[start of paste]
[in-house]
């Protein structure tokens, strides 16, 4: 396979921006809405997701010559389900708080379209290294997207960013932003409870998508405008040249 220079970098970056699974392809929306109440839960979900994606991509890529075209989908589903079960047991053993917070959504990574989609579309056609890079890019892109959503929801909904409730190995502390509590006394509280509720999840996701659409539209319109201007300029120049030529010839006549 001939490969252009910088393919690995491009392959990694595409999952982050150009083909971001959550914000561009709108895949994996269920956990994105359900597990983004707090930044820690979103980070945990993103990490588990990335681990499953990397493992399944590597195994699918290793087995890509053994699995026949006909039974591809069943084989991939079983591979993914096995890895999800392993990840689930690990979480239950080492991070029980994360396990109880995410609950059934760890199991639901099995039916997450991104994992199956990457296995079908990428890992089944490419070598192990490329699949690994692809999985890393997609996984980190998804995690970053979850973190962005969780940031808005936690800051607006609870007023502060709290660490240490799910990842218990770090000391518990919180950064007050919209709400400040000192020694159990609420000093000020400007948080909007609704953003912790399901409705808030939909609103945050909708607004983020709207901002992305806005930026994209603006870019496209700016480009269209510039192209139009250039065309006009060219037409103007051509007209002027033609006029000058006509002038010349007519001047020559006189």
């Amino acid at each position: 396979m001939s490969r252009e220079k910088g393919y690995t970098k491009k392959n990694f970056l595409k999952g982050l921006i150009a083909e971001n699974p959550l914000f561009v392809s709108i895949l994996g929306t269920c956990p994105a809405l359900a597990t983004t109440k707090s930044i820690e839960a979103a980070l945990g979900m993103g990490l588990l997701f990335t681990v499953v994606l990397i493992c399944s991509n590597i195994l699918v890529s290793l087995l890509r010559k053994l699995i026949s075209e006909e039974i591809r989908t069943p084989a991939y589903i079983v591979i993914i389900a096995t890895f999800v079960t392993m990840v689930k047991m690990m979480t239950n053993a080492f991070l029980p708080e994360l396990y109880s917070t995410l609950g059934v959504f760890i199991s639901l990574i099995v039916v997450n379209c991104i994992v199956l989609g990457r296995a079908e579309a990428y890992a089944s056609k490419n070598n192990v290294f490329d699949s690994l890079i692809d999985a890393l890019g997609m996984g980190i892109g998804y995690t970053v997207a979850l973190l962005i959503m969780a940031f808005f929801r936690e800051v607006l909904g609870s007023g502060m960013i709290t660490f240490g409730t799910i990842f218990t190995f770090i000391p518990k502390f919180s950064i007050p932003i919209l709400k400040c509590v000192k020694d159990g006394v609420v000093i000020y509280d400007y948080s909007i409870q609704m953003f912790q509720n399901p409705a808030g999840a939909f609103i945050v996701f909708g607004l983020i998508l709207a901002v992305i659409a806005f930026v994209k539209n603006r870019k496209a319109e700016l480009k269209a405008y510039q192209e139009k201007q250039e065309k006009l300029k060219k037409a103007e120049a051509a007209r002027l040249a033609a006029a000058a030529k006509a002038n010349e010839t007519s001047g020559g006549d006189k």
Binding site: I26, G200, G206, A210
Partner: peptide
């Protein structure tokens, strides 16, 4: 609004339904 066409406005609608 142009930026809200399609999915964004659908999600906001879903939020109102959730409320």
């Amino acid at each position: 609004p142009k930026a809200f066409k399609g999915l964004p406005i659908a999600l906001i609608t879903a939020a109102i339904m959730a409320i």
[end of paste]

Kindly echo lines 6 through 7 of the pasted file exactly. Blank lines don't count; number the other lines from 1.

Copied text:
């Protein structure tokens, strides 16, 4: 609004339904 066409406005609608 142009930026809200399609999915964004659908999600906001879903939020109102959730409320």
């Amino acid at each position: 609004p142009k930026a809200f066409k399609g999915l964004p406005i659908a999600l906001i609608t879903a939020a109102i339904m959730a409320i």